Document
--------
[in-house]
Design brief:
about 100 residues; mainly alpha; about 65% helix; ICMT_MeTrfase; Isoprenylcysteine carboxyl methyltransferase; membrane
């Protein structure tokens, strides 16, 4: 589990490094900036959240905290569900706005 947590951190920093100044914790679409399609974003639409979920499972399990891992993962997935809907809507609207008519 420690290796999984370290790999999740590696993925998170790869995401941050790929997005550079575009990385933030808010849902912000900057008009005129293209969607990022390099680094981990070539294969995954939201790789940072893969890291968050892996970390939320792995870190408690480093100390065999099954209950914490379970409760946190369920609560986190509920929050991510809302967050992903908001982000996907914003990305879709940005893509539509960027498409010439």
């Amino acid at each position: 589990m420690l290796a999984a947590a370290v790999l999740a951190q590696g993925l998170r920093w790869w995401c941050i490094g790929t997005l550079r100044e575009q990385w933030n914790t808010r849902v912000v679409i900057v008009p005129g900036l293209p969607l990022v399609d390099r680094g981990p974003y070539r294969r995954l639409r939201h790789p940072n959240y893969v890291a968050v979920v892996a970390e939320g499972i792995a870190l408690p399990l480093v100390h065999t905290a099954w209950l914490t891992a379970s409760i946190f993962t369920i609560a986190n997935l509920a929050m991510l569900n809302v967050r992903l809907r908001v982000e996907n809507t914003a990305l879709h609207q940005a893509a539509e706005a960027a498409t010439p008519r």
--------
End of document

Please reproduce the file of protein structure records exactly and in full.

[in-house]
Design brief:
about 100 residues; mainly alpha; about 65% helix; ICMT_MeTrfase; Isoprenylcysteine carboxyl methyltransferase; membrane
């Protein structure tokens, strides 16, 4: 589990490094900036959240905290569900706005 947590951190920093100044914790679409399609974003639409979920499972399990891992993962997935809907809507609207008519 420690290796999984370290790999999740590696993925998170790869995401941050790929997005550079575009990385933030808010849902912000900057008009005129293209969607990022390099680094981990070539294969995954939201790789940072893969890291968050892996970390939320792995870190408690480093100390065999099954209950914490379970409760946190369920609560986190509920929050991510809302967050992903908001982000996907914003990305879709940005893509539509960027498409010439």
């Amino acid at each position: 589990m420690l290796a999984a947590a370290v790999l999740a951190q590696g993925l998170r920093w790869w995401c941050i490094g790929t997005l550079r100044e575009q990385w933030n914790t808010r849902v912000v679409i900057v008009p005129g900036l293209p969607l990022v399609d390099r680094g981990p974003y070539r294969r995954l639409r939201h790789p940072n959240y893969v890291a968050v979920v892996a970390e939320g499972i792995a870190l408690p399990l480093v100390h065999t905290a099954w209950l914490t891992a379970s409760i946190f993962t369920i609560a986190n997935l509920a929050m991510l569900n809302v967050r992903l809907r908001v982000e996907n809507t914003a990305l879709h609207q940005a893509a539509e706005a960027a498409t010439p008519r």